Protein- With the foods we offer in captivity, they really probably don't need much animal protein. The general consensus of the pros is that meat should only be about 5-15% of the total diet. You can offer a very small amount every day, or a bigger chunk once a week or so. My personal preference is a weekly serving of meat no larger than the tortoise's head. I also prefer live worms, bugs, slugs and snails whenever possible, but will also use chicken, 'oily fish', dog or cat food (once in a while), etc.

Substrate- Wild red-foots often pass up to 25% of their feces as sand. Sand itself is not really a problem, but a dehydrated tortoises is. Dehydrated tortoises will not pass sand correctly and that leads to the compactions and blockages.

I really like cypress mulch as a substrate for red-footeds, even young ones, and find that using a single substrate makes managing the habitat easier.

Best fruit or veggie- That would be green figs, followed by papaya and cactus fruits. The thing is that it is less important to find the 'best' option, and go with a variety of good options since no one item will ever offer all the benefits we want.

Beside's Vicki's great tortoiseyard.com, you can find some good articles and links at the Tortoise Library, linked below.


Thanks Madkins this is great stuff!!!

I bought some papaya tonight and one of them loved it, the other wouldn't take a bite of it which was weird but I'll keep up with using more variety in the fruit and veggie category.

I will just go a head and part ways with the sand, I though maybe a sandy/muddy section might be nice but It's not worth the risk.

As for the UVB I will go the route of taking them outside for an hour or more each week. I personally never liked keeping the big UVB light shining down on my other red foot all the time, just seemed to irritate him and his eyes were always dry.

Thanks again.
 

Madkins007

Well-Known Member
Moderator
10 Year Member!
Joined
Feb 15, 2008
Messages
5,393
Location (City and/or State)
Nebraska
Overhead lighting is trickier than it seems. It is all too easy to blast their little bitty tank with more watts than we would use for an entire living room, and then we add heat and UVB to the mix in a way that it is sometimes hard to make everything balance right- especially when wee a big 'all-in-one' bulb.

If you ever DO need to keep him inside for long, consider a typical long fluorescent tube ih low UVB output. Because they spend as much time as they do under it, a low-output UVB is generally enough for many reptiles.
 

bigred

Well-Known Member
5 Year Member
Joined
May 22, 2010
Messages
3,401
Location (City and/or State)
Southern California
I think starfield pretty much hit the nail om the head. I use straight sphagnum moss for my adults and hatchlings.
 

UmakeMegiggle247

New Member
5 Year Member
Joined
Apr 17, 2012
Messages
13
i didnt read all the other comments, so I hope I don't repeat anything said. yes they like protein, once a week or once every two weeks. chicken, shrimp, crickets, earthworms... you can even give them catfood that is soft and wet(not the dry food). be careful what catfood, try to get organic, and look at the ingredients and make sure there isn't a lot of corn. my red foot's favorite protein is the chicken formula made by Avoderm. It is my cats' favorite as well. =)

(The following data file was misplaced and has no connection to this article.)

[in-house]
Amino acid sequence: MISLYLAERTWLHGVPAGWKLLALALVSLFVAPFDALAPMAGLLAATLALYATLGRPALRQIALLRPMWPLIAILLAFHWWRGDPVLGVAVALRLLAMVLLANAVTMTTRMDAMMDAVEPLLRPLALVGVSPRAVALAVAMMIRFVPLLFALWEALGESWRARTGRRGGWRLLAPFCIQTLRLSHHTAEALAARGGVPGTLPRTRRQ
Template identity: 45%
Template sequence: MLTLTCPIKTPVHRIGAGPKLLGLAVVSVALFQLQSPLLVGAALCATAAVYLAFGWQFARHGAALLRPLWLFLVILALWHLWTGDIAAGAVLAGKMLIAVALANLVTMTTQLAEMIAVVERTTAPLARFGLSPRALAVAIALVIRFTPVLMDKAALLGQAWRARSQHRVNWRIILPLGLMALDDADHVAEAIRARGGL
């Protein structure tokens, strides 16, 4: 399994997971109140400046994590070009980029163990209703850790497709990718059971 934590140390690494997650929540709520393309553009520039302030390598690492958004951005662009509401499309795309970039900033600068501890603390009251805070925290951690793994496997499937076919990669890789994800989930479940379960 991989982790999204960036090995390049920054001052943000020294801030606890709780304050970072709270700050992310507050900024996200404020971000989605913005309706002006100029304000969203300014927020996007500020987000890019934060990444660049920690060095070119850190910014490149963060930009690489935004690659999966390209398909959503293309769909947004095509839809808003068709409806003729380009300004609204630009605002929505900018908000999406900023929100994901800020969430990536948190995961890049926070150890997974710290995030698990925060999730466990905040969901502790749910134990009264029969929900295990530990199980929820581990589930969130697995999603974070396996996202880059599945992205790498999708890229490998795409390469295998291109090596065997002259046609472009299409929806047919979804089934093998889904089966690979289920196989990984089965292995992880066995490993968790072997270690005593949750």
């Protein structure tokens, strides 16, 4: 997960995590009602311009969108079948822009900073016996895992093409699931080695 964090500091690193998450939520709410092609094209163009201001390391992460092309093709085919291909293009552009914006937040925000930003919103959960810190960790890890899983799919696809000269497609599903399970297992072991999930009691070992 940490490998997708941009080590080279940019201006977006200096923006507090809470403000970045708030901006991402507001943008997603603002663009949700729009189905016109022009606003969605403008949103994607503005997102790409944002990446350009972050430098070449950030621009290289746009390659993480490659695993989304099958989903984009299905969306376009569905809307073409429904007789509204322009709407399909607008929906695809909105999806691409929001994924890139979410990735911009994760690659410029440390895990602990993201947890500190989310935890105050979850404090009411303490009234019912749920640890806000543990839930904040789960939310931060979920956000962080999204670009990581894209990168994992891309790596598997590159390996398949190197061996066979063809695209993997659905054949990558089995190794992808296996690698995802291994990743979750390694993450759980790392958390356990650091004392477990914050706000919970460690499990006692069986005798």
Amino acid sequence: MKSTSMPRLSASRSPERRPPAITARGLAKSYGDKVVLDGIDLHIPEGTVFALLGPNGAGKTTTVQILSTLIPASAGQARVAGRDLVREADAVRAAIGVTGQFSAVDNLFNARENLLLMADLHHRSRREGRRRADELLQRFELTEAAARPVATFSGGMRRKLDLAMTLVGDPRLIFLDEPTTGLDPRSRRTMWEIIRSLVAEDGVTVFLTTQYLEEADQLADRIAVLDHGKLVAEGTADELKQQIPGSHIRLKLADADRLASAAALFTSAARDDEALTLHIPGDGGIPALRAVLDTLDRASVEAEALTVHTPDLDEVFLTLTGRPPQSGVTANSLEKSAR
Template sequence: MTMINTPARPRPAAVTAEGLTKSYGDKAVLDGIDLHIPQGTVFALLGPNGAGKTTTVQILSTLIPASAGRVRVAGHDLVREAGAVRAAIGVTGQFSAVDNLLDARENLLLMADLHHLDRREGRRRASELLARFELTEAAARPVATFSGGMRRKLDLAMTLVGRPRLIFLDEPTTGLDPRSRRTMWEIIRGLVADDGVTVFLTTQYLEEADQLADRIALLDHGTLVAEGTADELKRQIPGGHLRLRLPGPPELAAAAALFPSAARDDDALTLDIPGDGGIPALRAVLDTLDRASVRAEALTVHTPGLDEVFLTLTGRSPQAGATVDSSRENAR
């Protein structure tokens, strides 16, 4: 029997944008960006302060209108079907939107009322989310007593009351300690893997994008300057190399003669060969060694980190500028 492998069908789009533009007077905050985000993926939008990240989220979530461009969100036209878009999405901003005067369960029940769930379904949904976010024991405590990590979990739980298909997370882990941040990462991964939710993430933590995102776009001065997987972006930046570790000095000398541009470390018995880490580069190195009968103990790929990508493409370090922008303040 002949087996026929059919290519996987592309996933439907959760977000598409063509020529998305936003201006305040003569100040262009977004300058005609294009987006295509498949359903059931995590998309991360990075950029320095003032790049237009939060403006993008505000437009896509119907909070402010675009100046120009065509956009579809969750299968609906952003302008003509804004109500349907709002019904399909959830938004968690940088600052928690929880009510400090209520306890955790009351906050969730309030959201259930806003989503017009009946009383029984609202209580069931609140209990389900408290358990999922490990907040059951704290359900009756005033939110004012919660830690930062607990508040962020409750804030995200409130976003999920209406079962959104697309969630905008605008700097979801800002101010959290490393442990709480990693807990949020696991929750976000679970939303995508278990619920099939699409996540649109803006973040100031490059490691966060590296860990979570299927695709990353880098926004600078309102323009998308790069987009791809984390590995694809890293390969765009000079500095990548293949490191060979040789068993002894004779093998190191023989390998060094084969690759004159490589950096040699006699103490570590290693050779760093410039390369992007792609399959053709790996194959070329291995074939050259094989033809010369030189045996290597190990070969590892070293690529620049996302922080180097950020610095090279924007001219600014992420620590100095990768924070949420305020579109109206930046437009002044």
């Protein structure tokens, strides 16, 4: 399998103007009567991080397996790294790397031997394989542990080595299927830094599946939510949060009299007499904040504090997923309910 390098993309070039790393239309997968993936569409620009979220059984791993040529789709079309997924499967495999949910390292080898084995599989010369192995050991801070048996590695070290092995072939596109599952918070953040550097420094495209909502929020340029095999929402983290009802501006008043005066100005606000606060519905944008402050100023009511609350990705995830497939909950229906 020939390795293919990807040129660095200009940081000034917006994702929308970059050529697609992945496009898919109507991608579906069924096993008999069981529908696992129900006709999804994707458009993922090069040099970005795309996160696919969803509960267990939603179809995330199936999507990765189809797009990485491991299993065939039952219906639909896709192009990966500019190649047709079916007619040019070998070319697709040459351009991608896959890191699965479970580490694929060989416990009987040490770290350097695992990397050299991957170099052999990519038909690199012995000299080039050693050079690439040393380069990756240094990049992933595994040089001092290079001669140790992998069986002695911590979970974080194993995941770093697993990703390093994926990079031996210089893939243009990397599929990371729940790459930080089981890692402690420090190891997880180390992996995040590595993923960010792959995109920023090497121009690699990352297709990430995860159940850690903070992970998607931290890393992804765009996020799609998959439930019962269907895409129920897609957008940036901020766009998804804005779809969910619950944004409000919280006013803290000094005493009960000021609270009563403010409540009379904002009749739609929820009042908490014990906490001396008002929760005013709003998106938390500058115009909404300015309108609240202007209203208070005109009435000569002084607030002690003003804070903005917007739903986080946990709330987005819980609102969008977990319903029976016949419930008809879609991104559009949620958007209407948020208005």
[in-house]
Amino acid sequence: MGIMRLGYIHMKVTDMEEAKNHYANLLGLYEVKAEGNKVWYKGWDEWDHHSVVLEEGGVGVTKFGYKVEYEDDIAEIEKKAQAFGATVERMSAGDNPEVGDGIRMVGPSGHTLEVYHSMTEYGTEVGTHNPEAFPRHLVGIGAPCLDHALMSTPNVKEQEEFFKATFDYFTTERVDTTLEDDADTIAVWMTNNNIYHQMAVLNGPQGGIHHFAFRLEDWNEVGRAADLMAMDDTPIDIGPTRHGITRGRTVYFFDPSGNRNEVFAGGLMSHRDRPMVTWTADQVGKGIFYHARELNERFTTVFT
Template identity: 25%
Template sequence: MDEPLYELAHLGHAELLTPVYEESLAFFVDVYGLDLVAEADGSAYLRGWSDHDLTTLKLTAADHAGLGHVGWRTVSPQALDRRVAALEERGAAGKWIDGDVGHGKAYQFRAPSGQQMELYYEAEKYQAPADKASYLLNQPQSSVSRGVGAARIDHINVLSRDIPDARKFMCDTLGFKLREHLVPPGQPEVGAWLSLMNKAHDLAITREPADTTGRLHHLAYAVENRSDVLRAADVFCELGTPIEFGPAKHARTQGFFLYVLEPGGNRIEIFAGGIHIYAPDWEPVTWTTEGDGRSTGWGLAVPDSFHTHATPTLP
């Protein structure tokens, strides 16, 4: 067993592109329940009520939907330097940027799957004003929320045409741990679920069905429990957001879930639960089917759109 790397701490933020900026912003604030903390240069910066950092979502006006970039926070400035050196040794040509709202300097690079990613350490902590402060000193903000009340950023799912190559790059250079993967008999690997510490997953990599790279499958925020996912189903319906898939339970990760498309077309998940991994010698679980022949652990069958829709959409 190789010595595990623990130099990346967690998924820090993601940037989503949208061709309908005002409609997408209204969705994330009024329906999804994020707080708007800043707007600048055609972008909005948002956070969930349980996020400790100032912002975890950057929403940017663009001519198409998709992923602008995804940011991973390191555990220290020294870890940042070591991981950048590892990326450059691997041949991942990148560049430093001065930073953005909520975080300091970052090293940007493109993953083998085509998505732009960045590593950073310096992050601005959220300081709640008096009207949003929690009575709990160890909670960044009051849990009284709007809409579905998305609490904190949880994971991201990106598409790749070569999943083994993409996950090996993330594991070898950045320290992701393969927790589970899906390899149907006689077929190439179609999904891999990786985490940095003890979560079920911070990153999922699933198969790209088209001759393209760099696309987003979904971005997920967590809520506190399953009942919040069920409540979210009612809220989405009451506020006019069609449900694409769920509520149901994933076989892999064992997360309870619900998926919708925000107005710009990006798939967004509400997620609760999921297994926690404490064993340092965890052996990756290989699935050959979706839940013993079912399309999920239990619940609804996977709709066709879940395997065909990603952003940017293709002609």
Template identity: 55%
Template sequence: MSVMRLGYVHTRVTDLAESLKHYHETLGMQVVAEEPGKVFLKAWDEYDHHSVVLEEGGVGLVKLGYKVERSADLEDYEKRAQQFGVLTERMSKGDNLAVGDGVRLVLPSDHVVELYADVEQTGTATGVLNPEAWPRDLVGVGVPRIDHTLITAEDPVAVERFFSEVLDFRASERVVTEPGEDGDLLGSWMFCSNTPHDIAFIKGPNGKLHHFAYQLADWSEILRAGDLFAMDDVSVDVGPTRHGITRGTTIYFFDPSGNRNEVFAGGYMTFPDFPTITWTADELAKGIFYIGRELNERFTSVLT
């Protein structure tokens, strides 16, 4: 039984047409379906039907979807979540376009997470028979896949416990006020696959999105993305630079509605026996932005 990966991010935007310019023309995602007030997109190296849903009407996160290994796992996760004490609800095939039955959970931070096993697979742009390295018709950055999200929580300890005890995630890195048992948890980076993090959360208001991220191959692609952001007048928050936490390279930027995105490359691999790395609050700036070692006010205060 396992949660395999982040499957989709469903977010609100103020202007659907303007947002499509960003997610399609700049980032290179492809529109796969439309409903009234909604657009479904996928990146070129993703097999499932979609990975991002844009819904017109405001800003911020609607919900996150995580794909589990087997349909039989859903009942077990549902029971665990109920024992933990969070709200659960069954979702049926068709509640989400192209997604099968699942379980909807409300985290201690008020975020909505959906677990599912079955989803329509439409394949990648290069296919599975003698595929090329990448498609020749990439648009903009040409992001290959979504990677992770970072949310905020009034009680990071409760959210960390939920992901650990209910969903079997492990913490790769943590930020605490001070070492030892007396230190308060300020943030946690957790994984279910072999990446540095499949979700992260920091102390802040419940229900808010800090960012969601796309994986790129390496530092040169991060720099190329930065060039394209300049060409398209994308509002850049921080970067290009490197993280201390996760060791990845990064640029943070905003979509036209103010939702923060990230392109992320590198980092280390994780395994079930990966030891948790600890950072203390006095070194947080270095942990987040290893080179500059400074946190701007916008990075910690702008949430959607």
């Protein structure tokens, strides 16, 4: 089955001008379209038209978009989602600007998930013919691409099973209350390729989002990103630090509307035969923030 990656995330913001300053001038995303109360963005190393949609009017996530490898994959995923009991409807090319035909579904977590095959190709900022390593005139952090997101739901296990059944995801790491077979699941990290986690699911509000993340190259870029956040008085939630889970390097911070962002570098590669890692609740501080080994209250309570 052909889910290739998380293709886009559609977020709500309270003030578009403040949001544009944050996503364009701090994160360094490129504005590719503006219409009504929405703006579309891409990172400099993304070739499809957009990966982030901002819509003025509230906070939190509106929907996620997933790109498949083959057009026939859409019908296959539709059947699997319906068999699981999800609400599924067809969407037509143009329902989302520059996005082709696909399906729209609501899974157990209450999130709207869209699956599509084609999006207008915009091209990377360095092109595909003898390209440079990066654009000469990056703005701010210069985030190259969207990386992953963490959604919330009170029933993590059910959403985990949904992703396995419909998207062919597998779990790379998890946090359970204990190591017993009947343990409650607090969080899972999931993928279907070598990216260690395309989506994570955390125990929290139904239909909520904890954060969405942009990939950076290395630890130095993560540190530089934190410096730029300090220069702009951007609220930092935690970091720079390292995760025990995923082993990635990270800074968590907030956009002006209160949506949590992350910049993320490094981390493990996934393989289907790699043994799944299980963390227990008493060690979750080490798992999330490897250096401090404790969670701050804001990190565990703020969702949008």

LeaderLeprechaun

New Member
5 Year Member
Joined
Apr 19, 2012
Messages
161
Location (City and/or State)
Mississippi
UmakeMegiggle247 said:
i didnt read all the other comments, so I hope I don't repeat anything said. yes they like protein, once a week or once every two weeks. chicken, shrimp, crickets, earthworms... you can even give them catfood that is soft and wet(not the dry food). be careful what catfood, try to get organic, and look at the ingredients and make sure there isn't a lot of corn. my red foot's favorite protein is the chicken formula made by Avoderm. It is my cats' favorite as well. =)

woot you answered a question ive been wondering about shrimp and protein sources, thanks so much for the info
 

Madkins007

Well-Known Member
Moderator
10 Year Member!
Joined
Feb 15, 2008
Messages
5,393
Location (City and/or State)
Nebraska
As long as it is not fatty, salty, overly processed, full of chemicals, or so on, there are not a lot of meats, fish, eggs or poultry, bugs, or invertebrates red-footed tortoises cannot eat.

Having said that, understand that some things, like oily fish, cause loose and/or smelly stools and they just plain don't need a lot of meat protein in a good diet.

As far as processed pet foods, I avoid them. There is almost always something else around I can use, often something I am eating in a salad- so I don't use it much. However, if you are working with a larger herd, it is often convenient to use pelleted cat food because it is cheap, stable, and easy to feed. The biggest concern is that most reasonably priced pet foods depend heavily on fillers, non-food additives, etc. (even many organics).

As long as it is only a small part of the diet, you can actually use almost any meat-based pet food you want. After all, these guys eagerly eat animal droppings in the wild. There is not much in a SMALL, OCCASIONAL serving of even the nastiest wet dog food that will bother them much.
 

brian4342

New Member
5 Year Member
Joined
Sep 23, 2011
Messages
14
Hi, two things I offer my red foot is pinky mice once a week and as a treat once a month I get some canned iguana food zoomed, my red foot just loves that stuff :p
 
Status
Not open for further replies.
Top